Think twice before tossing that plastic bottle in the trash. If
you live in Cleveland, it could cost you. Officials in that Ohio
city recently decided to track residents' recycling habits
using high-tech garbage cans. The bins are outfitted with
radio frequency identification (RFID) tags that monitor how
much people recycle. Under the new policy, waste collection
officials can search residents' trash if they suspect people
are not recycling enough. If residents throw away too many
recyclable items, they may be hit with a $100 fine.
Supporters say the policy will benefit the environment by
encouraging residents to recycle. They also say an increase
in recycling will make money for Cleveland. The city
currently pays about $30 per ton to haul trash to a landfill but
earns $26 per ton to take it to a recycling center. Charging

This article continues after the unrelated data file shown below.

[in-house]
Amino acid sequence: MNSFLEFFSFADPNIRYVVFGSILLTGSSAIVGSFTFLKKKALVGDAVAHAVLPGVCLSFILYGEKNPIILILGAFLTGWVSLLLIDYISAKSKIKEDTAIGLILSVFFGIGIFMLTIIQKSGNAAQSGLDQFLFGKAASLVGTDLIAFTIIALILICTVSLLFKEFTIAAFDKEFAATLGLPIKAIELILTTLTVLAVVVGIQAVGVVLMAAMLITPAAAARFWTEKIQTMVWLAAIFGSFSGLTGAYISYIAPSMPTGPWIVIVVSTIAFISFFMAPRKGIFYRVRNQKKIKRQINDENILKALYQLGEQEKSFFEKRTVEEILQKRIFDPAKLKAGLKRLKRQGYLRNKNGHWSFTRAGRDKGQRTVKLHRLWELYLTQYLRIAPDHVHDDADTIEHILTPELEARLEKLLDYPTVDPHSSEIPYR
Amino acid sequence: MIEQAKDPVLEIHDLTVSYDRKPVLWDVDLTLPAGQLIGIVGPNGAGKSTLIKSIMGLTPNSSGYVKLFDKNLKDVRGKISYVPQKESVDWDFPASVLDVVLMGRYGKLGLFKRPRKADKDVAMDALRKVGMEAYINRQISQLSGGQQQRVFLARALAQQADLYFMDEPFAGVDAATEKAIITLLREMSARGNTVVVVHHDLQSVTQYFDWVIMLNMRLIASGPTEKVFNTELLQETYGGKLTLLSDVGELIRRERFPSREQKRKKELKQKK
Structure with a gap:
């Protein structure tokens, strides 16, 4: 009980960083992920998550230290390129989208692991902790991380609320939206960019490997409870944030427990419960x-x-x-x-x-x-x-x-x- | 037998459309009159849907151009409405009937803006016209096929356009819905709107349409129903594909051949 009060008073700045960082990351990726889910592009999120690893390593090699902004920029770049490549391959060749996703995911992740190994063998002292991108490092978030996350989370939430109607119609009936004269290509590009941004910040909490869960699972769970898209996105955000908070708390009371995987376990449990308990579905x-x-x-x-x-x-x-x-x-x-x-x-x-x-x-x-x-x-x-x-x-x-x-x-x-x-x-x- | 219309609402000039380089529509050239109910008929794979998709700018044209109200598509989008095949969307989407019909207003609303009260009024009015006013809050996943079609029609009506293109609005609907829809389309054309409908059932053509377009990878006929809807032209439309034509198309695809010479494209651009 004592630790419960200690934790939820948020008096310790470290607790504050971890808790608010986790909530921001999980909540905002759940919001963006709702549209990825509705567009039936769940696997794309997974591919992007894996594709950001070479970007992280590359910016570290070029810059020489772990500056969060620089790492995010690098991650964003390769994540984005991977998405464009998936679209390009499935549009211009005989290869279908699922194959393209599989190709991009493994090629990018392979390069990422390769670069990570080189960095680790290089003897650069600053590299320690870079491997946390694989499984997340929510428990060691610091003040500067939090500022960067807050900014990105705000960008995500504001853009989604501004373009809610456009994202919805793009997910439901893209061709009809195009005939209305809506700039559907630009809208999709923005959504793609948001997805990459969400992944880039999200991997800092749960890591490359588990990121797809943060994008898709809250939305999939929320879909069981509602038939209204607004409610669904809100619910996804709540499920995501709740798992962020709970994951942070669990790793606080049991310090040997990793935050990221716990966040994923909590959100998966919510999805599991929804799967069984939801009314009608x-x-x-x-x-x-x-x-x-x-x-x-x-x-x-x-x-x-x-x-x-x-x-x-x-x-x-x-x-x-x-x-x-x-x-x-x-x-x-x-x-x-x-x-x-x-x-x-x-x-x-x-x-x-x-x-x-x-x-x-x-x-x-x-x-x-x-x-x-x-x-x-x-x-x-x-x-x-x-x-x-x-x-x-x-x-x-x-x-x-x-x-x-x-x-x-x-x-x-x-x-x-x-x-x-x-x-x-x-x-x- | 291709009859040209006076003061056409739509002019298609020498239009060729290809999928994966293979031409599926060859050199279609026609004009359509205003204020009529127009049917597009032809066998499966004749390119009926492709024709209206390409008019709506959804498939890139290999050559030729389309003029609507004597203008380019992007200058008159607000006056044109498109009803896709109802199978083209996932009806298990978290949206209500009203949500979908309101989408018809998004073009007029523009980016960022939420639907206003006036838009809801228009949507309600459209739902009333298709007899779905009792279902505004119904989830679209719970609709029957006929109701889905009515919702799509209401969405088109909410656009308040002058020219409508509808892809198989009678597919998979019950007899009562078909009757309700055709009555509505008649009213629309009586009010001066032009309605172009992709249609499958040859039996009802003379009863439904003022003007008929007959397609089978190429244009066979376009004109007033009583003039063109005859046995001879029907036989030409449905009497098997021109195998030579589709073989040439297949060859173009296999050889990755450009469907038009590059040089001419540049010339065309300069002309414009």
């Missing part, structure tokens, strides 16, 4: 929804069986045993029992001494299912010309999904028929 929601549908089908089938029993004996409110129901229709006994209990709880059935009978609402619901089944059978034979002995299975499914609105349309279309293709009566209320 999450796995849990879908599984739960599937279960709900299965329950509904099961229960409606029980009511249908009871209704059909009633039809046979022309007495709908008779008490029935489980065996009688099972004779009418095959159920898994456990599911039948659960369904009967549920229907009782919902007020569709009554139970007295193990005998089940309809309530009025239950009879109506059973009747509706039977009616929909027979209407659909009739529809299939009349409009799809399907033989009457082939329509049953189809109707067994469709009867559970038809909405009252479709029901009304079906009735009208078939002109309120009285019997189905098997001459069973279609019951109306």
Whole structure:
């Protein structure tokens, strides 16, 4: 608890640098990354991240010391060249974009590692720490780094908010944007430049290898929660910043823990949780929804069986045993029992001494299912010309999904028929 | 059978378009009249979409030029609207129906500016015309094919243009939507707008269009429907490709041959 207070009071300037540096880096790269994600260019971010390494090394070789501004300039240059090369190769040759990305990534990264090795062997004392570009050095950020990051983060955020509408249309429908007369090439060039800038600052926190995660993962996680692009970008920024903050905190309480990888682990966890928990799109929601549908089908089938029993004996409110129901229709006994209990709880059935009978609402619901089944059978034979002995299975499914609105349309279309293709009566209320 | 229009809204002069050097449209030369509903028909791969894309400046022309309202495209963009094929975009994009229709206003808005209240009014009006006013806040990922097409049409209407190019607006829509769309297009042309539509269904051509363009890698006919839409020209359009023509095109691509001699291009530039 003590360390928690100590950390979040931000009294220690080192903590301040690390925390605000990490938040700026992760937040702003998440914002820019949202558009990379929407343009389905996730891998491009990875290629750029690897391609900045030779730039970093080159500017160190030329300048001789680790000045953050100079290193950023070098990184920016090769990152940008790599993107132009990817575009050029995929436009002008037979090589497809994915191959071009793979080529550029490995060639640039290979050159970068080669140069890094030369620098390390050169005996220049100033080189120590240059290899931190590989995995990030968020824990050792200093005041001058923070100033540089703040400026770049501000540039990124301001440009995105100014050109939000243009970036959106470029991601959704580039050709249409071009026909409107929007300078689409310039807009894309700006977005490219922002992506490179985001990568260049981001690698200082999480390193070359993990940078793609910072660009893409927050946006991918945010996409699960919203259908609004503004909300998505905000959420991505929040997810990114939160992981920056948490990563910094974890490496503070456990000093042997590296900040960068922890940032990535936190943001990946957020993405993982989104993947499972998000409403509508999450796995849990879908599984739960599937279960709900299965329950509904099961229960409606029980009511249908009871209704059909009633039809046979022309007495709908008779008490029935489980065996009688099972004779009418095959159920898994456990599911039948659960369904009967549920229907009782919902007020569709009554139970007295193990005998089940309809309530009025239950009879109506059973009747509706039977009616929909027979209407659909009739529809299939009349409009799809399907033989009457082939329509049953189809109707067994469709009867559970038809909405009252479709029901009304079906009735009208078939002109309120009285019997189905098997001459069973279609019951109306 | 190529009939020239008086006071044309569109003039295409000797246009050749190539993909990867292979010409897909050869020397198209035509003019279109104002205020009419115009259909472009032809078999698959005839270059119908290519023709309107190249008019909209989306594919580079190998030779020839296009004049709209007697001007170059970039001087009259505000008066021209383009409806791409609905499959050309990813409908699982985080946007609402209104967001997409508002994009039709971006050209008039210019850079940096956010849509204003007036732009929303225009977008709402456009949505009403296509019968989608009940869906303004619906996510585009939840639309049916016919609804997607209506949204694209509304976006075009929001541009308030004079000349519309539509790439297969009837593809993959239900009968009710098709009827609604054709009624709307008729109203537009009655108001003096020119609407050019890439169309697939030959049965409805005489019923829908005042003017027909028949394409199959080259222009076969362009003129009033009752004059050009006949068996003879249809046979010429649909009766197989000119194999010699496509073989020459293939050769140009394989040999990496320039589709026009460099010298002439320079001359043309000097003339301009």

people who don't recycle enough could help defer
landfill costs as well.
Recycling: The Big Picture
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Recycling: Should it be
Trackin' trash: a Cleveland policy
stirs up a dirty debate
By Current Events, a Weekly Reader publication,
October 4, 2010
Cities Increasingly Turn to
'Trash Police' to Enforce
Does it make sense to recycle?
The short answer is: Yes.
True, some critics wonder whether
mandatory programs are a net benefit, since
they can require more trucks consuming
energy and belching carbon dioxide into the
“You don’t want a large truck carrying
around just a few bottles,” concedes
Matthew Hale, director of EPA’s Office of
Solid Waste. But, he notes, most cities are
getting better at reducing the environmental
costs of recycling. (They’re also working to
reduce the economic costs. Many recycling
programs still cost more to run than they